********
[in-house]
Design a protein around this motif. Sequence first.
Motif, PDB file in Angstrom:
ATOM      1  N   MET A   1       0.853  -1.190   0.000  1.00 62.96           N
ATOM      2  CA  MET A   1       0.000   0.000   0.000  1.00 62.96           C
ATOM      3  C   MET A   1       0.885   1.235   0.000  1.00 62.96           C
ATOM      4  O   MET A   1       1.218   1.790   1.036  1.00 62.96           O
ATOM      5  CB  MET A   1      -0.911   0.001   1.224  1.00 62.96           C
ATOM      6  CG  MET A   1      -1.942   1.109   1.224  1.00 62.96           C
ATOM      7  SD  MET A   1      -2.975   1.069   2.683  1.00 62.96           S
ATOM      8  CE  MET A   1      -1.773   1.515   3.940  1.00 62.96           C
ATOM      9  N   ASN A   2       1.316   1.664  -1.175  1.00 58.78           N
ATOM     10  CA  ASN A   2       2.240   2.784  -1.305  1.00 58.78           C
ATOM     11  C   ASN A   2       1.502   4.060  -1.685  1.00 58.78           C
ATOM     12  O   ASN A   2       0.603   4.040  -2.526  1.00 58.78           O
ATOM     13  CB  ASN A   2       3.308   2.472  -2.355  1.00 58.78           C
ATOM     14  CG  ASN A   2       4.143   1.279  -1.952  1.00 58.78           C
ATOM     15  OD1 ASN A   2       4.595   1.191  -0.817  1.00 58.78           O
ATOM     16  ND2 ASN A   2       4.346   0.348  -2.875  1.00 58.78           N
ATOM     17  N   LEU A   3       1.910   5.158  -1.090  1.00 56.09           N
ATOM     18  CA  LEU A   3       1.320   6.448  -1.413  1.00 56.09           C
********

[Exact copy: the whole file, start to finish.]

[in-house]
Design a protein around this motif. Sequence first.
Motif, PDB file in Angstrom:
ATOM      1  N   MET A   1       0.853  -1.190   0.000  1.00 62.96           N
ATOM      2  CA  MET A   1       0.000   0.000   0.000  1.00 62.96           C
ATOM      3  C   MET A   1       0.885   1.235   0.000  1.00 62.96           C
ATOM      4  O   MET A   1       1.218   1.790   1.036  1.00 62.96           O
ATOM      5  CB  MET A   1      -0.911   0.001   1.224  1.00 62.96           C
ATOM      6  CG  MET A   1      -1.942   1.109   1.224  1.00 62.96           C
ATOM      7  SD  MET A   1      -2.975   1.069   2.683  1.00 62.96           S
ATOM      8  CE  MET A   1      -1.773   1.515   3.940  1.00 62.96           C
ATOM      9  N   ASN A   2       1.316   1.664  -1.175  1.00 58.78           N
ATOM     10  CA  ASN A   2       2.240   2.784  -1.305  1.00 58.78           C
ATOM     11  C   ASN A   2       1.502   4.060  -1.685  1.00 58.78           C
ATOM     12  O   ASN A   2       0.603   4.040  -2.526  1.00 58.78           O
ATOM     13  CB  ASN A   2       3.308   2.472  -2.355  1.00 58.78           C
ATOM     14  CG  ASN A   2       4.143   1.279  -1.952  1.00 58.78           C
ATOM     15  OD1 ASN A   2       4.595   1.191  -0.817  1.00 58.78           O
ATOM     16  ND2 ASN A   2       4.346   0.348  -2.875  1.00 58.78           N
ATOM     17  N   LEU A   3       1.910   5.158  -1.090  1.00 56.09           N
ATOM     18  CA  LEU A   3       1.320   6.448  -1.413  1.00 56.09           C